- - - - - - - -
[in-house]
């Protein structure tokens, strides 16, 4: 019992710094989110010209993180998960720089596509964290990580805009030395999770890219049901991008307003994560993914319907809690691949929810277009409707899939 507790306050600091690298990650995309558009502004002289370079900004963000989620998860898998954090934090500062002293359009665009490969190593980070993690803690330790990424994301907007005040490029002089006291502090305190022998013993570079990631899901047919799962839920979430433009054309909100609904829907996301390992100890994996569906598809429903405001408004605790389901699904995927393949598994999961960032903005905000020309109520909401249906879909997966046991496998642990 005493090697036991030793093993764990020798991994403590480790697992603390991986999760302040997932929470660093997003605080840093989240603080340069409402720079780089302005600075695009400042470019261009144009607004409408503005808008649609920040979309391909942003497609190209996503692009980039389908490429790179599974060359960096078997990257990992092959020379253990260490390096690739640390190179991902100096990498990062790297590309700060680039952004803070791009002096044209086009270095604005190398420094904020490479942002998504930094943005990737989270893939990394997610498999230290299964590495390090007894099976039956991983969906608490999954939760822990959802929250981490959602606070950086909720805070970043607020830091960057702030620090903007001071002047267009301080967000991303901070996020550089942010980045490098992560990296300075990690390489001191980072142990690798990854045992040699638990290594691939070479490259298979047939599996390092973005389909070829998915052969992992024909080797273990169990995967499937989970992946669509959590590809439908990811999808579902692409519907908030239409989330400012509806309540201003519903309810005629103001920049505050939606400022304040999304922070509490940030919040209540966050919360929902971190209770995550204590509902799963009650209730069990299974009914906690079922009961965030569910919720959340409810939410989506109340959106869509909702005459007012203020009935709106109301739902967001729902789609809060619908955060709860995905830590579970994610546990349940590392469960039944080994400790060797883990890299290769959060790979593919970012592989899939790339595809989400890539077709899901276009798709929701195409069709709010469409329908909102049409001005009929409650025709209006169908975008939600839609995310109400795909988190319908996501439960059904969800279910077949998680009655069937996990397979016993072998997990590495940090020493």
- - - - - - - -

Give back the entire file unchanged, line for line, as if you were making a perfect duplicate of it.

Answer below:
[in-house]
């Protein structure tokens, strides 16, 4: 019992710094989110010209993180998960720089596509964290990580805009030395999770890219049901991008307003994560993914319907809690691949929810277009409707899939 507790306050600091690298990650995309558009502004002289370079900004963000989620998860898998954090934090500062002293359009665009490969190593980070993690803690330790990424994301907007005040490029002089006291502090305190022998013993570079990631899901047919799962839920979430433009054309909100609904829907996301390992100890994996569906598809429903405001408004605790389901699904995927393949598994999961960032903005905000020309109520909401249906879909997966046991496998642990 005493090697036991030793093993764990020798991994403590480790697992603390991986999760302040997932929470660093997003605080840093989240603080340069409402720079780089302005600075695009400042470019261009144009607004409408503005808008649609920040979309391909942003497609190209996503692009980039389908490429790179599974060359960096078997990257990992092959020379253990260490390096690739640390190179991902100096990498990062790297590309700060680039952004803070791009002096044209086009270095604005190398420094904020490479942002998504930094943005990737989270893939990394997610498999230290299964590495390090007894099976039956991983969906608490999954939760822990959802929250981490959602606070950086909720805070970043607020830091960057702030620090903007001071002047267009301080967000991303901070996020550089942010980045490098992560990296300075990690390489001191980072142990690798990854045992040699638990290594691939070479490259298979047939599996390092973005389909070829998915052969992992024909080797273990169990995967499937989970992946669509959590590809439908990811999808579902692409519907908030239409989330400012509806309540201003519903309810005629103001920049505050939606400022304040999304922070509490940030919040209540966050919360929902971190209770995550204590509902799963009650209730069990299974009914906690079922009961965030569910919720959340409810939410989506109340959106869509909702005459007012203020009935709106109301739902967001729902789609809060619908955060709860995905830590579970994610546990349940590392469960039944080994400790060797883990890299290769959060790979593919970012592989899939790339595809989400890539077709899901276009798709929701195409069709709010469409329908909102049409001005009929409650025709209006169908975008939600839609995310109400795909988190319908996501439960059904969800279910077949998680009655069937996990397979016993072998997990590495940090020493």